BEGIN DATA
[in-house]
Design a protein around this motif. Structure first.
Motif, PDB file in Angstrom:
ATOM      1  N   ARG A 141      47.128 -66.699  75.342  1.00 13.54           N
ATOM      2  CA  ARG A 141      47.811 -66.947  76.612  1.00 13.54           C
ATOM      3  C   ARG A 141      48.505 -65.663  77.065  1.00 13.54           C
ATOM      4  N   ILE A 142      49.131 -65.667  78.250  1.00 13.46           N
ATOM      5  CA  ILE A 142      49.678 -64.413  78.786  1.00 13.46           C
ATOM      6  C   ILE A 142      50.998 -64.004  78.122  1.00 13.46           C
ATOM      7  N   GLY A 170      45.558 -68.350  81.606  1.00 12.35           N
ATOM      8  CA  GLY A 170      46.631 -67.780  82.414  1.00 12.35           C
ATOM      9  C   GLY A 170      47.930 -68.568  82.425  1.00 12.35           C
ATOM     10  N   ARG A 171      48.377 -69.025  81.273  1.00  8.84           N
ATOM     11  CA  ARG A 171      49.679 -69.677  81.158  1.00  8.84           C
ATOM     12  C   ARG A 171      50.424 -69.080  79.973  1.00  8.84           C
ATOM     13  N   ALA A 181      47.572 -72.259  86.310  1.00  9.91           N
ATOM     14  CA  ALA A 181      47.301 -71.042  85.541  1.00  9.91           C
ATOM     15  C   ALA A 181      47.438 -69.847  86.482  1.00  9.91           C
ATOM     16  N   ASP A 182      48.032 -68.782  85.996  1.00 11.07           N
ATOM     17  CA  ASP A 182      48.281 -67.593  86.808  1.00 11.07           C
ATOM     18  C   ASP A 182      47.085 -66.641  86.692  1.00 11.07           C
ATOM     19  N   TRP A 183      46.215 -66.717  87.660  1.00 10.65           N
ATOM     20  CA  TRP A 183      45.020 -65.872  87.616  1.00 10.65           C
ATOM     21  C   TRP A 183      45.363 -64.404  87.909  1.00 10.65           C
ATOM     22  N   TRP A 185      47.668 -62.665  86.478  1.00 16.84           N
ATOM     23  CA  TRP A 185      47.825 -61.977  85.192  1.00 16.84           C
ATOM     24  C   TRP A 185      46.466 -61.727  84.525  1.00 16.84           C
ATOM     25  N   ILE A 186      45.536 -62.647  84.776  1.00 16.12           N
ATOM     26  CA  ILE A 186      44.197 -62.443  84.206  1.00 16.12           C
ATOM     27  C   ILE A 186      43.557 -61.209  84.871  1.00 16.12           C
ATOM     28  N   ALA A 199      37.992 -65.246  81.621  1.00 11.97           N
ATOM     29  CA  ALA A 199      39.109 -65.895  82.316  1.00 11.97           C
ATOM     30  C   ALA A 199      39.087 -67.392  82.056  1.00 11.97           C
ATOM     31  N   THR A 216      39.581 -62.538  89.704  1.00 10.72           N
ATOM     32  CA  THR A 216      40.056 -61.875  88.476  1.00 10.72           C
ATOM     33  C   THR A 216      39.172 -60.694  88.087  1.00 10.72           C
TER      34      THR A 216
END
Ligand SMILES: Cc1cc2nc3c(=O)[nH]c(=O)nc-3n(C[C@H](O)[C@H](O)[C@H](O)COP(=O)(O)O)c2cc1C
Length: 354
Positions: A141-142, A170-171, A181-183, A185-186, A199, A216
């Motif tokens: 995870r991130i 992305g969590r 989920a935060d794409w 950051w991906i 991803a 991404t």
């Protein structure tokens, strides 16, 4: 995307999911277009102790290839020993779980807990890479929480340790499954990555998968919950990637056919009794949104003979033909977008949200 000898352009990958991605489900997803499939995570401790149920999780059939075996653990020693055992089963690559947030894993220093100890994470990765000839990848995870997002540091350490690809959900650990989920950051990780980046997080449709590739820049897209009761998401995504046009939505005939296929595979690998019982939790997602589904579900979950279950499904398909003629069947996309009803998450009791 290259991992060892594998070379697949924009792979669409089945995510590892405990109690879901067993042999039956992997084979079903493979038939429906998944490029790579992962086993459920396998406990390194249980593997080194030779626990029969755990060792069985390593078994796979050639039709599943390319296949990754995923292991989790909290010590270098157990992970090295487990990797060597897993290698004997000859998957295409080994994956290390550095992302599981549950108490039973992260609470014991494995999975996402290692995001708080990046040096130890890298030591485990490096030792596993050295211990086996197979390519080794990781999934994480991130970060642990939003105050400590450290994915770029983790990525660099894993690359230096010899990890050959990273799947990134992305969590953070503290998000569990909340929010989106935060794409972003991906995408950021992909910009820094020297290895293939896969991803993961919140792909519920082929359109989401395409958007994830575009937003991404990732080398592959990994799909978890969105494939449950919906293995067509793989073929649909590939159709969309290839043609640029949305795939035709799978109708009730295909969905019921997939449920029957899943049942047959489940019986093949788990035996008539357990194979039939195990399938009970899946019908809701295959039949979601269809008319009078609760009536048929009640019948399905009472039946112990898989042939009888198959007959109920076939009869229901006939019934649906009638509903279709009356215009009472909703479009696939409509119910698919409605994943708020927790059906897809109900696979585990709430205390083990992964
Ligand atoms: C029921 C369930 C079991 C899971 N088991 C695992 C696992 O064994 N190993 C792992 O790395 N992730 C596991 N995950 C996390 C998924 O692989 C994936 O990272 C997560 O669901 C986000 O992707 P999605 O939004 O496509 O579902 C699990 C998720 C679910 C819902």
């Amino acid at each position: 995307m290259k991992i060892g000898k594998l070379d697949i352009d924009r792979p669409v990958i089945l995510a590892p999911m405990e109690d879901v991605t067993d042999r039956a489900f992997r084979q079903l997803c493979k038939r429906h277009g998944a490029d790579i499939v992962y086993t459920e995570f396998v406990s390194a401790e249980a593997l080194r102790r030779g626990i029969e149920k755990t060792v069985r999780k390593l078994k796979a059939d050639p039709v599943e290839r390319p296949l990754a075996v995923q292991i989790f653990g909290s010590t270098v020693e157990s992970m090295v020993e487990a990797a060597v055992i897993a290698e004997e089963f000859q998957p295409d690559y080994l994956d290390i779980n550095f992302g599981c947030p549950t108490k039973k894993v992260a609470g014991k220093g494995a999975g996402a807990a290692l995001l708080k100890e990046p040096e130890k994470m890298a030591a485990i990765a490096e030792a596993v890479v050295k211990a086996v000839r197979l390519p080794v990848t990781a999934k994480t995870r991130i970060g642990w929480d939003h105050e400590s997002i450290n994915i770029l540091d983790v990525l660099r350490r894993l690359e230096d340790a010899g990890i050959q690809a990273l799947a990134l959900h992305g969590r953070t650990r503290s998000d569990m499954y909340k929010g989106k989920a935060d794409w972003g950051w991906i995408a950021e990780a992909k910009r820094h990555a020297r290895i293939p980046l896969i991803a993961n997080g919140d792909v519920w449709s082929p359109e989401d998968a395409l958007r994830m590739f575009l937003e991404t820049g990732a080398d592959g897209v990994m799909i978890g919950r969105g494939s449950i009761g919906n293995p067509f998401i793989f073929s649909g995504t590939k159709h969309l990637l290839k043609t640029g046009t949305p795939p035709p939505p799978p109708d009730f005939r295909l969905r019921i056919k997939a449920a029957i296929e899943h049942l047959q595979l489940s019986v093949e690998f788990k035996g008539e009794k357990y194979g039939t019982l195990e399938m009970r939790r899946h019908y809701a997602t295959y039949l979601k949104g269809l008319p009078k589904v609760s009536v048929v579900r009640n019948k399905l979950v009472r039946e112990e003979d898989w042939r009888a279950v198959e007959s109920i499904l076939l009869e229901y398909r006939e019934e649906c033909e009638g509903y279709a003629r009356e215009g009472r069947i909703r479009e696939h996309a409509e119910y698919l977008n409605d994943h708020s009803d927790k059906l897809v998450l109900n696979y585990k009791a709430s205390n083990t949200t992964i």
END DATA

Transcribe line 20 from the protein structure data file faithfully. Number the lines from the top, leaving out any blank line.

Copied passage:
ATOM     17  CA  ASP A 182      48.281 -67.593  86.808  1.00 11.07           C